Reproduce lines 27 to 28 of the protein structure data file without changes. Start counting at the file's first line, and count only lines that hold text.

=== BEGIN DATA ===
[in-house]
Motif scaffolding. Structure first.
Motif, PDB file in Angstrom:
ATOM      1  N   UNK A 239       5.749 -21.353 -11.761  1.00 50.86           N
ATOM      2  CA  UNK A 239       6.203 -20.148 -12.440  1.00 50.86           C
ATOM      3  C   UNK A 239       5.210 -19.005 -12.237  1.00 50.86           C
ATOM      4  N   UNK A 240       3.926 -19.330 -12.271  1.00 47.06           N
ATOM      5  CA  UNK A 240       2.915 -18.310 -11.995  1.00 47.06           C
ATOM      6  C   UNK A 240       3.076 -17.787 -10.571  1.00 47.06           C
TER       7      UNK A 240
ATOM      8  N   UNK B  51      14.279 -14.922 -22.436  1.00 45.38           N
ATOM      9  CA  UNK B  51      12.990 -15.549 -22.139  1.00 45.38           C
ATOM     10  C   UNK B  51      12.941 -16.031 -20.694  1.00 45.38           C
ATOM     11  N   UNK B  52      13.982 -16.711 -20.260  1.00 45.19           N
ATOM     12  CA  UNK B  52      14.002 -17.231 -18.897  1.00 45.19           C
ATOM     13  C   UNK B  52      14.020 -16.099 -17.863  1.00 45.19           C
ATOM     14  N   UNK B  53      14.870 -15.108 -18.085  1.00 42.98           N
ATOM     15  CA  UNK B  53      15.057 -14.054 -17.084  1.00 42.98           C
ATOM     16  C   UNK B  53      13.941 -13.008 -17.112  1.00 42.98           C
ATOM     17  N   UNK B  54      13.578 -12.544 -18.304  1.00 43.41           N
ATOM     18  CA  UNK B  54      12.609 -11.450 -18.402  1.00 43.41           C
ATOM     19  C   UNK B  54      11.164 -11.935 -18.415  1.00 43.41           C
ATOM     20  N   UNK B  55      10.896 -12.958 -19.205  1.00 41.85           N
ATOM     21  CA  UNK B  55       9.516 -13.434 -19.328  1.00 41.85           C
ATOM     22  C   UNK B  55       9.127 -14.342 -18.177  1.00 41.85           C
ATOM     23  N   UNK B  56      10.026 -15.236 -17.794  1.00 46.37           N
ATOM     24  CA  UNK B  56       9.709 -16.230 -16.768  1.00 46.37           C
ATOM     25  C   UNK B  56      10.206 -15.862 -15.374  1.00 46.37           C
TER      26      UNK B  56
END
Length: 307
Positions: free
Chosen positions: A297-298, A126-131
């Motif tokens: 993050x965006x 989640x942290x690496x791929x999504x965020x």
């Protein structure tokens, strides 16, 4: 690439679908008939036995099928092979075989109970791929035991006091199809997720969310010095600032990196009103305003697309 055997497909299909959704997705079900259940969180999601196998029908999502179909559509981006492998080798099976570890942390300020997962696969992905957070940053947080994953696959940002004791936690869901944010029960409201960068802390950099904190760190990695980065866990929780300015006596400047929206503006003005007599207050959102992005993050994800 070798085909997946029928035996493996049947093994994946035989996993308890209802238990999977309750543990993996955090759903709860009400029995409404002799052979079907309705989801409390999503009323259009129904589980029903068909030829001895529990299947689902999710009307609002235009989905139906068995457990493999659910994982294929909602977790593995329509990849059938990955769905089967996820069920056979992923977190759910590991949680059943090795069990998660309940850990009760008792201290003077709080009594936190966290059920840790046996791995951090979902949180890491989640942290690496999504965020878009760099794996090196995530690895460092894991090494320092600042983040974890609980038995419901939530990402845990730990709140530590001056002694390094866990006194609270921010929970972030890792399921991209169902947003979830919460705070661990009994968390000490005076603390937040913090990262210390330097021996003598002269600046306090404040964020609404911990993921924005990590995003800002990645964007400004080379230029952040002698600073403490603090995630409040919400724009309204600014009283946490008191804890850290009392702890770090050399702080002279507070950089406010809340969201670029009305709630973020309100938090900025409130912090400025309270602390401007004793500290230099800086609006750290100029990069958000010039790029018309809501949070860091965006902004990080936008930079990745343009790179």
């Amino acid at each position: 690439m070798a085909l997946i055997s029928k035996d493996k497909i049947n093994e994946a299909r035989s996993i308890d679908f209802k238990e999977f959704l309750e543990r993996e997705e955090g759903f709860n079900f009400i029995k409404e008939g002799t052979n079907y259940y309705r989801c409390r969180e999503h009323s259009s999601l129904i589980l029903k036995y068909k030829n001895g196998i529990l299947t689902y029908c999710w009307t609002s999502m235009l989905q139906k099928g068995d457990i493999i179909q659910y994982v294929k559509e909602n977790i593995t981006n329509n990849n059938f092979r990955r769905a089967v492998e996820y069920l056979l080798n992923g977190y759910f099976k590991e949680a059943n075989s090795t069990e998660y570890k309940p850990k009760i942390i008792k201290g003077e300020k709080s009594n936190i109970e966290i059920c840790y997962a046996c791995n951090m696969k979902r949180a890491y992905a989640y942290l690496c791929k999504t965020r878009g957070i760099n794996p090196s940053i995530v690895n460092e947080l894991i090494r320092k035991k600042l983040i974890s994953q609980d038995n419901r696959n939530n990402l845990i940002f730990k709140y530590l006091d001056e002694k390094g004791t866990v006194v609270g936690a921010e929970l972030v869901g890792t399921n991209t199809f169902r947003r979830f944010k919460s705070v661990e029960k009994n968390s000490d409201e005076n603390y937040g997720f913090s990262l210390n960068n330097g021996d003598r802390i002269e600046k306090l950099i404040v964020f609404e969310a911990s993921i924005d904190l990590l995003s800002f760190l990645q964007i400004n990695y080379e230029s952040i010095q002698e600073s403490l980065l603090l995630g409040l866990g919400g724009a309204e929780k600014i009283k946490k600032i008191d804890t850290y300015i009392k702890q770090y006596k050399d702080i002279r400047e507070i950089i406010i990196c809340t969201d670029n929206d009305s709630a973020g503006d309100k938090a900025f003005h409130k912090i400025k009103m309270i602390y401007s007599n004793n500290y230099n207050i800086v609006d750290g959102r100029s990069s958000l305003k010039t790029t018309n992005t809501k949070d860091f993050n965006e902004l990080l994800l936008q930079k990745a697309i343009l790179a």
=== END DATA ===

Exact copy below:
ATOM     24  CA  UNK B  56       9.709 -16.230 -16.768  1.00 46.37           C
ATOM     25  C   UNK B  56      10.206 -15.862 -15.374  1.00 46.37           C